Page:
MAPLE HEIGHTS, Ohio — Once again, the incredible team of engineers and support staff at NASA were able to pull off what was once an impossible feat – landing a rover on Mars. It’s a daunting mission that requires several years of preparation and a 7-month long trip to the red planet to see if all the work pays off.
On Thursday, the success rate for landing on Mars got a little bit better. In part, you can thank a Maple Heights native helped make this mission and others a success.
“I worked 8 years in what’s called the RPS (Radioisotope Power System) program office at NASA Glenn,” said Carl Sandifer, II, Deputy Chief of the Space Science Project Office at NASA’s Glenn Research Center. One of the major roles was to ensure that we have a RPS to support this Mars 2020, Mars Perseverance Rover.”
That system can power the rover for up to 14 years although the mission only requires 2 years.
Seeing the successful landing was a joyous moment for Sandifer, who had dreams of working on a mission to Mars. Let’s just say mathematics was his thing early on when he was a student in Maple Heights City School District.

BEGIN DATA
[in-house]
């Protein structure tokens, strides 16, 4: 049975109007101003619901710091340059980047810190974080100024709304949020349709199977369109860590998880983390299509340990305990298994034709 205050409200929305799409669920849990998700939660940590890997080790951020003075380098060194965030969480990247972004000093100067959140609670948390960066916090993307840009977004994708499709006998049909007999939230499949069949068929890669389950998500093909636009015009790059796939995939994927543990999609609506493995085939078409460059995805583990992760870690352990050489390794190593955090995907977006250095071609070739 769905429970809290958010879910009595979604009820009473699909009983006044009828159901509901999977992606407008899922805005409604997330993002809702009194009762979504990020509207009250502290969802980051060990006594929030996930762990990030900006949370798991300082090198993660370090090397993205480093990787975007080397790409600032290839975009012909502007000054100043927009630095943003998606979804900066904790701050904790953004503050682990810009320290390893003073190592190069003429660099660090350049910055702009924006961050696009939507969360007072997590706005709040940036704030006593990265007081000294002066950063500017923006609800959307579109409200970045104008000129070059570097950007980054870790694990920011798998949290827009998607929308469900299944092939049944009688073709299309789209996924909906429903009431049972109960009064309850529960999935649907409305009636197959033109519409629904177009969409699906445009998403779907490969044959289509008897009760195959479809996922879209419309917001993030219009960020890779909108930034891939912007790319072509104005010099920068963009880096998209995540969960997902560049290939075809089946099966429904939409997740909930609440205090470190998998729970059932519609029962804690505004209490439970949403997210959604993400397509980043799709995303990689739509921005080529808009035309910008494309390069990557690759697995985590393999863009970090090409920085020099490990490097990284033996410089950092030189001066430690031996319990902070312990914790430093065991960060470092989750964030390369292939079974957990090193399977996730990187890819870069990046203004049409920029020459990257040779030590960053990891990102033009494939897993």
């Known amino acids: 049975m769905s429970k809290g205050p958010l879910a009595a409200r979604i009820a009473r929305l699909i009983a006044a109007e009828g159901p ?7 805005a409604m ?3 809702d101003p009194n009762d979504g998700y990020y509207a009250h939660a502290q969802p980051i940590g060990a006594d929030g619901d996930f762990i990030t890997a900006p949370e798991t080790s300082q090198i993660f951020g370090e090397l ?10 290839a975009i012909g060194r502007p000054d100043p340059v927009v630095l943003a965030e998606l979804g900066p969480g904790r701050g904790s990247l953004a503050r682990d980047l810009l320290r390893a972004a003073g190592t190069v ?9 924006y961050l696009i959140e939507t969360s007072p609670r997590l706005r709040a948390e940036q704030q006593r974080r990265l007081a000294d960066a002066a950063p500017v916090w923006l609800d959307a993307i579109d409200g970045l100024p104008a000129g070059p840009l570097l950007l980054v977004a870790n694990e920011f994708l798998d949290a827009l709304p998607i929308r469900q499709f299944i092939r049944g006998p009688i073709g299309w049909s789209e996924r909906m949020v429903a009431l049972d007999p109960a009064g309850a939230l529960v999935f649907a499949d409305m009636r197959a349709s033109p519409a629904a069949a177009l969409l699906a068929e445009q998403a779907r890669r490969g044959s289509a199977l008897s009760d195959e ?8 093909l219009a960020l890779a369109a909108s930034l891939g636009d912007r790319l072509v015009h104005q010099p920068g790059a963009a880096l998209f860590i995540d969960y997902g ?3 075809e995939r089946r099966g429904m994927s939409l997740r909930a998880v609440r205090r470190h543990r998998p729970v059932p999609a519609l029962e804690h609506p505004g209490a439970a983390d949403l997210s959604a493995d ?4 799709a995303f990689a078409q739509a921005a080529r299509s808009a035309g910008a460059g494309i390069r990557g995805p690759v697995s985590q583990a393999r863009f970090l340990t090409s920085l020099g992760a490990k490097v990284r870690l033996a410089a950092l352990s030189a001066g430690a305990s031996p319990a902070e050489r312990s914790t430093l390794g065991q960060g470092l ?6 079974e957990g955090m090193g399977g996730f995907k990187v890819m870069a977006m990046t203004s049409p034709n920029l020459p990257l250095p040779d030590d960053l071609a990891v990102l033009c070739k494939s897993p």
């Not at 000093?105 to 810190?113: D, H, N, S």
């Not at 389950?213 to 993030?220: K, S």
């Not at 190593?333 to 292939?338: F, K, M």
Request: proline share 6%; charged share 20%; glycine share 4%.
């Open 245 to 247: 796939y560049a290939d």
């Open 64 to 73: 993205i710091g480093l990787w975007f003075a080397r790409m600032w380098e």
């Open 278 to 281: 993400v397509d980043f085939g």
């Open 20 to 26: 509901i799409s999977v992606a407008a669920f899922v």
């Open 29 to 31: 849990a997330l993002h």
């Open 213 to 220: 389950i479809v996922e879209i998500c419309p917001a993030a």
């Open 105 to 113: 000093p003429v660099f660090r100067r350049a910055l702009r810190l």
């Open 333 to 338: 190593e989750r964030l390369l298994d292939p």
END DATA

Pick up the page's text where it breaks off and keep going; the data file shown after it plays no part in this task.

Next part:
“The teachers and the staff the administration in Maple Heights were just amazing throughout my childhood,” Sandifer recalls. “[They] took their arms and put them around me and encouraged me to the utmost.”
During a scholarship banquet at the district, Sandifer first realized what the future could hold for him.
“The keynote speaker was a NASA employee,” Sandifer remembers. “And that really put the lightbulb on saying ‘wow, this is possible.’”
From Maple Heights, Sandifer went on to Bowling Green State University where he obtained a degree in applied mathematics. He also landed a co-op position at NASA. Later he would also study and hone is engineering skills at Case Western Reserve University.
His accomplishments are notable – especially during black history month. Sandifer is an African American working as an engineer at NASA. Only 12% of the NASA workforce is black. Dive deeper into the numbers and you’ll find only 6% of the science and engineer staff are black, and only 2% hold senior leadership positions.
Sandifer acknowledges NASA works hard to maintain a diverse workforce, but the reality of the statistics aren’t lost on him. For that reason, he spends time showing others what they can achieve through mentorship.
“I’m focused on mentoring. I take the opportunity to provide the same support that I got as I climbed throughout my career,” says Sandifer. “It’s about going out and talking to students, talking to early professionals, letting them know that anything is possible.”
And today’s mission is proof of that. From Maple Heights to Mars, it’s an accomplishment to be proud of.
“I’m so excited about the situation, being able to support something that’s bigger than myself.”